Back at the fence-line, we had prime position as an MC on the back of a truck talked us through the names of the ‘ladies’ about to appear and their breed. Then three women from the farm sang a harmonious ballad to welcome the cows and encourage milk production.


Finally as we were about to burst with anticipation, it was all on! Like long-awaited celebrities, out popped the bovine beauties, their udders swinging in the spring sunlight.



They skipped and kicked up their heels,  ecstatic at being out on the grass.


I have to admit I whooped and clapped and loved the show, as did anyone who recognises the joy of being out in the sun after a Finnish winter.


They put on a good show, playing together and butting heads.


Afterwards we shared a picnic with our friends and the kids enjoyed seeing other animals including sheep, calves and horses. I would say the pictures speak for themselves in that it was a good day out for all.




How to look good naked (or at least use the time trying)

While Finnish sauna culture can conjure up images of large bearded men, drinking and beating each other with bunches of birch, sauna is also a wonderful way to introduce a ritual of cleansing and quietness to the end of a busy week.

Wood-heated sauna

Wood-heated sauna

In fact, the sauna is considered the cleanest room in the house, making it the preferred place to give birth and lay out the dead in years gone by.


Most homes will have one, or at least a common one in the building that tenants can book for use each week. Accordingly, most department stores in Finland have a dedicated section where they sell a range of sauna accoutrements.


I recently discovered this included felt hats to protect your hair and ears from getting too hot and to protect colour-treated hair. (For the record, I do not wear one).


With bath tubs uncommon in Finland I’ve learnt to enjoy the ritual of sauna and take the time to use all the masks and treatments I buy and otherwise forget to use.


While I’m no expert on what real Finnish people do, here’s my sauna routine that I recommend as the Nordic winter draws near:

  • Shower first – always shower before you go into sauna to wash off dirt, make-up and any perfume
  • Sauna naked – imagine if you were doing a facial steam bath and someone added a few drops of chlorine – this is partly why swimsuits are not generally welcome (unless you’re in a mixed gender sauna or have agreed beforehand)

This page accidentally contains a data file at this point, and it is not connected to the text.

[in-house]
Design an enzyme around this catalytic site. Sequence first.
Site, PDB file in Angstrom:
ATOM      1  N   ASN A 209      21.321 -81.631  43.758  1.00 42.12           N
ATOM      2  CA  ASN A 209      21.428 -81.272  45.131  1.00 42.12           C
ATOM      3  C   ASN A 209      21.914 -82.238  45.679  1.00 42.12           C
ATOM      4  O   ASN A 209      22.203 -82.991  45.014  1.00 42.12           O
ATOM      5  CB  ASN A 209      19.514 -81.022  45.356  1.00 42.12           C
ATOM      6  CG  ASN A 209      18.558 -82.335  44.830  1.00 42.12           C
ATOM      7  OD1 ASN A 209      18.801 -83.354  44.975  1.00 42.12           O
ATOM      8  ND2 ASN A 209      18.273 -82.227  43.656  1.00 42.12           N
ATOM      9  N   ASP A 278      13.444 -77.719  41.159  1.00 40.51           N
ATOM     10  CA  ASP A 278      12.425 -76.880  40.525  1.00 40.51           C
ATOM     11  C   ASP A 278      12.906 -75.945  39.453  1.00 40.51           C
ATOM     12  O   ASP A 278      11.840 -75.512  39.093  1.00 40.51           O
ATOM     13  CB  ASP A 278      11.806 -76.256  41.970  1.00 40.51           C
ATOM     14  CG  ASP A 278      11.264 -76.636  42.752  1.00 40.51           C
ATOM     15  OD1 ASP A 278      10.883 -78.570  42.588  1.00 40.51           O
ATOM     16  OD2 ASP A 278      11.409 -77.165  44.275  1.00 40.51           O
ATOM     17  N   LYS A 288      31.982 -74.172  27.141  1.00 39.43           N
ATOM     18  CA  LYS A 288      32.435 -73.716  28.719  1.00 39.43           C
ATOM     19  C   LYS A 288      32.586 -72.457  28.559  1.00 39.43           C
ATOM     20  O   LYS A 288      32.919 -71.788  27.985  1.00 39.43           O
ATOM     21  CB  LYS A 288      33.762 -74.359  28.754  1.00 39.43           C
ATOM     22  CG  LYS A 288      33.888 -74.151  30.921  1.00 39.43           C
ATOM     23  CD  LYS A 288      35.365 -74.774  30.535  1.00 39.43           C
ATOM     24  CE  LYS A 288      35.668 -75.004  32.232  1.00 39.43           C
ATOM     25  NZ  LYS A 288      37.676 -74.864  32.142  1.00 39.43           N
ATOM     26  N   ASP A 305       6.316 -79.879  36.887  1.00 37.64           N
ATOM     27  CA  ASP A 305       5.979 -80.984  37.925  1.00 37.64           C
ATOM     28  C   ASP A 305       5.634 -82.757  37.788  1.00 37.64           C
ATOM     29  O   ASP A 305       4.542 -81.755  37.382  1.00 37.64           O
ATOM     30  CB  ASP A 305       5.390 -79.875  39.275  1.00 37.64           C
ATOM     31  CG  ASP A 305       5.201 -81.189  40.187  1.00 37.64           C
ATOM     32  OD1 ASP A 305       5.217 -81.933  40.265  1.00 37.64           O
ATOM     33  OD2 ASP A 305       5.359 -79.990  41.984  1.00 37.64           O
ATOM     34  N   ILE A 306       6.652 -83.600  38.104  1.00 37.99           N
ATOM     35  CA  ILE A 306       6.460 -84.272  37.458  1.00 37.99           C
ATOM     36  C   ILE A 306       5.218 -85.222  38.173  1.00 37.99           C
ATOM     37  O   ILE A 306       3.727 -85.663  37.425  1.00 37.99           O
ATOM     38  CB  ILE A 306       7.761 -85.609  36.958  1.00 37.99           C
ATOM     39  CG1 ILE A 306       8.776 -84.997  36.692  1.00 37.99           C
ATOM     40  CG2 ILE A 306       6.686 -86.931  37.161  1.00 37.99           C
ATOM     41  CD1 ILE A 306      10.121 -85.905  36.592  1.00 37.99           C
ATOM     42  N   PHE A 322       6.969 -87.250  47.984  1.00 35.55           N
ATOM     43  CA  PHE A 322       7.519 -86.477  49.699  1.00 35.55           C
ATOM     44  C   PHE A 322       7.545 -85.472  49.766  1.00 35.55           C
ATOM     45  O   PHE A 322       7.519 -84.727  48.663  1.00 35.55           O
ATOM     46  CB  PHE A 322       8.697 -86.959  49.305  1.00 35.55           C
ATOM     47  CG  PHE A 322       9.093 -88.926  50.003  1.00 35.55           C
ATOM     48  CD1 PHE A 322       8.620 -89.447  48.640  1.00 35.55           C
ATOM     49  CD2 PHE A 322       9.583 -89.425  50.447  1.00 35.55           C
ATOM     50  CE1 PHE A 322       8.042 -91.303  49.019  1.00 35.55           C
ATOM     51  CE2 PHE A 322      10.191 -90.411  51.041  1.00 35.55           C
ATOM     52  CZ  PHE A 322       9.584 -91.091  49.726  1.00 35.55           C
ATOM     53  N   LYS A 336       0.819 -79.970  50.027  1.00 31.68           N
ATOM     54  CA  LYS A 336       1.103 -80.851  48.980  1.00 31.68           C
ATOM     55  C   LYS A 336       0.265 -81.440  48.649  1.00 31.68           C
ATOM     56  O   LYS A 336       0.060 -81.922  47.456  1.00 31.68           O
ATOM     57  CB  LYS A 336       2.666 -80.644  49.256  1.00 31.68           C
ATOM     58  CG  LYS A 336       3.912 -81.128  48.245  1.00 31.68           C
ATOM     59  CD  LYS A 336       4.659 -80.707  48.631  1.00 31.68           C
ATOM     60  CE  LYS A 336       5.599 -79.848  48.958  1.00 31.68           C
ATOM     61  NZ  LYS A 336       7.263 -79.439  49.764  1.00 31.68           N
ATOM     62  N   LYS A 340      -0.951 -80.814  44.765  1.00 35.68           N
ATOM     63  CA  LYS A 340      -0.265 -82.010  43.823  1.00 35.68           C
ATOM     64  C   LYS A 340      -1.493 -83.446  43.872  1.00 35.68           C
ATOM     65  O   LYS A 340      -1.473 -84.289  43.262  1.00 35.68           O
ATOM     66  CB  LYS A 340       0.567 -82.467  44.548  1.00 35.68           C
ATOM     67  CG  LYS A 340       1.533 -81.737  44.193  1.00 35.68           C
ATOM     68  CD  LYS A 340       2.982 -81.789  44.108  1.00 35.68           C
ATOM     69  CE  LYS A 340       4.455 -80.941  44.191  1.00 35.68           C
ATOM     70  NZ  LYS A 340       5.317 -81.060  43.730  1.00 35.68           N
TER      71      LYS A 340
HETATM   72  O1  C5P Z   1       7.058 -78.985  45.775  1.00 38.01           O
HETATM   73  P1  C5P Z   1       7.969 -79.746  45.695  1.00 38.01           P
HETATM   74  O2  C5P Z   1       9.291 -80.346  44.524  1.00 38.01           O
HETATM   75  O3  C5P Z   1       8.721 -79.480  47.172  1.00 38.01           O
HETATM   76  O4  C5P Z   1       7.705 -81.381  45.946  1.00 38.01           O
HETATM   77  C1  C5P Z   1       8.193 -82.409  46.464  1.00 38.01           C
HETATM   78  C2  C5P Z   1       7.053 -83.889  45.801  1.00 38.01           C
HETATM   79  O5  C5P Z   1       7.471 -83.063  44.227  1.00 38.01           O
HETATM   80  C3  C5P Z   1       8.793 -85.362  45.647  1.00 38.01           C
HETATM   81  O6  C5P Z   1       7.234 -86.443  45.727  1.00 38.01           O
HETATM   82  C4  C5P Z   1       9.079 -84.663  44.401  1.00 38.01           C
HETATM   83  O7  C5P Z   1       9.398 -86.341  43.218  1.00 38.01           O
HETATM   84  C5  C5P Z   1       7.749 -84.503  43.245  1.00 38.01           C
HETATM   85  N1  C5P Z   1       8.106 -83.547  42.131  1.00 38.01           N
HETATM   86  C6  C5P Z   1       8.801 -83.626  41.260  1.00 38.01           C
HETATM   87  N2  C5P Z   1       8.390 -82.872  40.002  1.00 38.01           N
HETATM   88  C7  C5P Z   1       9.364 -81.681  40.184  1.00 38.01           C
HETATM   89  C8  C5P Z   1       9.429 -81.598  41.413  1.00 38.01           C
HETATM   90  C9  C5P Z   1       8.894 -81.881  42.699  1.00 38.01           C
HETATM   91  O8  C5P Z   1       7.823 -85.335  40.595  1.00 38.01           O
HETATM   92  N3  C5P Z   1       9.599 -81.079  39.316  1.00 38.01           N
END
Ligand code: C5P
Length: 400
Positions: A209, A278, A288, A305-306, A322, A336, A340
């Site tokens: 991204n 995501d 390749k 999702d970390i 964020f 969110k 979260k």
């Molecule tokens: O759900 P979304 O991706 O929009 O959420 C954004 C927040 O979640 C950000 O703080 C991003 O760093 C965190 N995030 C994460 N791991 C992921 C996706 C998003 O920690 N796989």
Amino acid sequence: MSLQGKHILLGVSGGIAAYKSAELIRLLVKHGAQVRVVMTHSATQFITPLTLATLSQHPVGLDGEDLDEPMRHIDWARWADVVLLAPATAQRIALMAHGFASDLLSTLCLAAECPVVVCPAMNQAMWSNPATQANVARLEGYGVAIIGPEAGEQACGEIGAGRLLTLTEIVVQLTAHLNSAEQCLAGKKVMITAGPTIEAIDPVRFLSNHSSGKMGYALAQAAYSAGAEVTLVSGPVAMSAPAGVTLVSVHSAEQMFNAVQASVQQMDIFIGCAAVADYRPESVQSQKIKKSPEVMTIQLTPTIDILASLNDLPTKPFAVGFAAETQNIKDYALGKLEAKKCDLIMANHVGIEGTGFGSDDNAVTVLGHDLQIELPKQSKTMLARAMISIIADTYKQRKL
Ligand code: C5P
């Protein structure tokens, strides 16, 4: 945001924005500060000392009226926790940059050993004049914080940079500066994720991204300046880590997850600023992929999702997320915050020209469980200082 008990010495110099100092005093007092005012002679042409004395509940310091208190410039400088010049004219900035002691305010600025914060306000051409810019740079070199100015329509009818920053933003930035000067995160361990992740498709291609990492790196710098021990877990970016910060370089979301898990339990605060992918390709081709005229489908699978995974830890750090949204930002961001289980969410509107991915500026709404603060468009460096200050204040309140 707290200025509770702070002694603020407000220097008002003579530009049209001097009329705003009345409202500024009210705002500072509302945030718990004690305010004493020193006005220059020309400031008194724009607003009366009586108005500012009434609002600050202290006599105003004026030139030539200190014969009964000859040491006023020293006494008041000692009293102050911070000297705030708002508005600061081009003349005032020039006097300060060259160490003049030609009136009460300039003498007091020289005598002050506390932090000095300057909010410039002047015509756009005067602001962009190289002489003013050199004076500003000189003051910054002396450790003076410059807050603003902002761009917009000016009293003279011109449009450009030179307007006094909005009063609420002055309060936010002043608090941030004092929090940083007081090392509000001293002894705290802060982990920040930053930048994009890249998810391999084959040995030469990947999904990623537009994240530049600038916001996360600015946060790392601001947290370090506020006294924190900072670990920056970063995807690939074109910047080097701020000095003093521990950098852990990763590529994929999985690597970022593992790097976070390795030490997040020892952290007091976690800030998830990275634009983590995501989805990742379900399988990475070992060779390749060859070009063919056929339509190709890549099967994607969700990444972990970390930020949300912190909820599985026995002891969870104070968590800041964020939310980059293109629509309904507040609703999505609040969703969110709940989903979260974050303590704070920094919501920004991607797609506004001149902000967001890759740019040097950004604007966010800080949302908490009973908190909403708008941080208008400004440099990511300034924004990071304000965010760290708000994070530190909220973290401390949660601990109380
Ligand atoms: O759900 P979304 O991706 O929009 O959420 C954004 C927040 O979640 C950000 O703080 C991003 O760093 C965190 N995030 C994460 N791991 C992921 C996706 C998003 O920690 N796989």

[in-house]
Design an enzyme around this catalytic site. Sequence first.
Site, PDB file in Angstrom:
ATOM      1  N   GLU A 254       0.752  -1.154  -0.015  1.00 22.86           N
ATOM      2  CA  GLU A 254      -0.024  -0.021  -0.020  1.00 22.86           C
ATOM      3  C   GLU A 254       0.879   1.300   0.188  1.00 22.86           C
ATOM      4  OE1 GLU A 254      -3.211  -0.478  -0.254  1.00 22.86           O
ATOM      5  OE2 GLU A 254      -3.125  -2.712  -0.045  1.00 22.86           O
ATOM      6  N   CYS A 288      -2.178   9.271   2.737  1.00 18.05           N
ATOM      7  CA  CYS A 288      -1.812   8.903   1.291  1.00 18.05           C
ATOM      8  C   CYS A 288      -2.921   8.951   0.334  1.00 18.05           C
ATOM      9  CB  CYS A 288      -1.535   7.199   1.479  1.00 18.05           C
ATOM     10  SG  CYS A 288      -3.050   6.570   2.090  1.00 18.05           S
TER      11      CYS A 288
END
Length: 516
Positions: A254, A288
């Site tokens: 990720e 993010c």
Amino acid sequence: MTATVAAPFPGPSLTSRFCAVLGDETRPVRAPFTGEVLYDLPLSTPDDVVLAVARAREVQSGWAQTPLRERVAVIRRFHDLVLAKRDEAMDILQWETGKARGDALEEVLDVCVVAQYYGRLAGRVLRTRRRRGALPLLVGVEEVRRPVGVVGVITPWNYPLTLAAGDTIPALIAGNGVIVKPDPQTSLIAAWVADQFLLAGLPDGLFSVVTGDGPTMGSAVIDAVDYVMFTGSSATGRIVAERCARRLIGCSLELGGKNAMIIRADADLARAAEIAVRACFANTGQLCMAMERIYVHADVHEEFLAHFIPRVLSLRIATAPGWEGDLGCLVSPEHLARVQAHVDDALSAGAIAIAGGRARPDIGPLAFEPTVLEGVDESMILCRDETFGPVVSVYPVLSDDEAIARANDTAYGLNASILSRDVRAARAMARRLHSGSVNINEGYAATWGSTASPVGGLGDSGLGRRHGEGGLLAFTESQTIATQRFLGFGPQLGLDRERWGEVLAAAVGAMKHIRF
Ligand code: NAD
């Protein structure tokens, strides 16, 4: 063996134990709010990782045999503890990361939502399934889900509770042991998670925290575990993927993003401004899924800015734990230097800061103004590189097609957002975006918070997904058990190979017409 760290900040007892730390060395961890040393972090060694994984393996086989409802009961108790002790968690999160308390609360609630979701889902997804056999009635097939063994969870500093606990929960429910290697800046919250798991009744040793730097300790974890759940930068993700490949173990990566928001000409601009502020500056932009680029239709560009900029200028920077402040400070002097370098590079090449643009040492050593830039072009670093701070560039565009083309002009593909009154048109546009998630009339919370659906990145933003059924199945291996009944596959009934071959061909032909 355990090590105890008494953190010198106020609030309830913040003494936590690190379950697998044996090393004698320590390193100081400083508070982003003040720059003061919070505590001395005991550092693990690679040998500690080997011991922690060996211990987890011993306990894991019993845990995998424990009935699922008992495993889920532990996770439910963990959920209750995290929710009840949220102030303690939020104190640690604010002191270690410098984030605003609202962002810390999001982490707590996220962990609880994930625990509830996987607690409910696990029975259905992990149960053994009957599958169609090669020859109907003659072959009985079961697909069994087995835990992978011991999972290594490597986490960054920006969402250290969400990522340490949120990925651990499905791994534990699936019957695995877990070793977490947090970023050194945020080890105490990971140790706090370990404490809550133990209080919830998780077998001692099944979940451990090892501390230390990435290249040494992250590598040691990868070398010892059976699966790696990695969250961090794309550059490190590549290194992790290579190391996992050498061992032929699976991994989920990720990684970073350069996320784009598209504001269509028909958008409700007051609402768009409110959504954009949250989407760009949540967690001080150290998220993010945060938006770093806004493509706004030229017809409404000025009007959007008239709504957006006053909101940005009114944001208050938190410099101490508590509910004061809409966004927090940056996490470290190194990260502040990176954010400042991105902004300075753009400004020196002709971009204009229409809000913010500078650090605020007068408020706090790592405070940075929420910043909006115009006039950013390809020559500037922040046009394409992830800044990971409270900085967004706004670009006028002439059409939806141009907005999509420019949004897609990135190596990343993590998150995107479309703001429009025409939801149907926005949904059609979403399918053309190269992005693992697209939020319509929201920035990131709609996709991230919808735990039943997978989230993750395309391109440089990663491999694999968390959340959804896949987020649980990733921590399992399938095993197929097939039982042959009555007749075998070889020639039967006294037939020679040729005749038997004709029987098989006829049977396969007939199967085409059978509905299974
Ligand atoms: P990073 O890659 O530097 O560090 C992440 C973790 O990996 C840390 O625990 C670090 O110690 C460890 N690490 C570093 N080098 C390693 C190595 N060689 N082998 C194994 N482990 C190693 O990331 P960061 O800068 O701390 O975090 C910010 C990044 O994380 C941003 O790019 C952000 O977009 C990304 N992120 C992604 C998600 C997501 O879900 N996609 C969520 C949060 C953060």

• Stay until you are comfortably hot and sweaty – even if this is only ten minutes – remembering the higher you sit, the hotter you’ll get
  • Come out and shower. This is when I like to use a face scrub, followed by a face mask.
  • I might also put on a honey body mask and put coconut oil in my hair (or an expensive hair treatment I promised my hairdresser I’d use weekly and only remember the night before my next appointment).


  • Have a glass of water and return to the sauna
  • Come out and shower again. For men, this is a good time to shave as your pores will be open and your skin relaxed.
  • Repeat until done. During your final shower wash and condition your hair.
  • Drink more water, moisturise and get ready for the best sleep of your life.
  • Wake up feeling relaxed and ready for the week ahead.

Feeling very relaxed, well into Monday at least

*Results may vary but you will smell good & possibly attractive to bears.

Ten Sauna Tips for Beginners – Visit Finland

Secrets of the summer cottage

Helsinki empties over June and July as Finns escape the city and head to their summer cottages. While we could rent one ourselves, we were really pleased last weekend to spend time with Finnish friends at theirs and get an inside look at this part of Finnish life.

Photo: Heikki Puomilla

Early morning at Hirvijärvi      Photo: Heikki Puomila

About an hour out of Helsinki, we joined Heikki and Anu and their young daughter on the shores of Hirvijärvi (Moose Lake). Heikki has been holidaying here since he was a child as his grandfather built a house in the same spot.


Although the house has been rebuilt and modern features such as electricity and running water added, the composting toilet is still outside. While I did scare myself with the thought of bears during a midnight visit, it was a huge relief not to have to check for large Australian spiders.

Composting loo

Composting loo

Part of the joy of the weekend was the chance to experience Finnish life outside of the city. After lunch we met with the local community committee, many of whom have been holidaying for generations around the shores of the same lake.


We were warmly greeted and joined in a game where we tossed 2 euro coins at bottles of wine, with the one landing closest being the winner. In spite of my focus and good technique, I was narrowly beaten by a 12-year old boy.


On returning to our cottage, the men and kids went fishing off the jetty, catching three small fish with bait made from flour and water.



Heikki also showed Miko how they identify local butterflies, something his family have an avid and professional interest in.


After a dinner of hamburgers grilled on the fire, we cooked pancakes down by the outside sauna.



We each had a turn at flipping the pancakes, which were delicious and served with jam.


After dinner, it was time for a huge bonfire, a tradition lit to mark the end of summer and the end of the cottage season. Heikki also let off a few fireworks he had leftover from the year before.


As the sun dropped low in the sky the most incredible full moon rose to take its place. People lit candles out on their jetties as a way to farewell summer, with a small house on an island soon surrounded by flickering lights.


After the children went to bed, Heikki, Jonathan and I hit the sauna, which is heated by a wood-burning fireplace inside.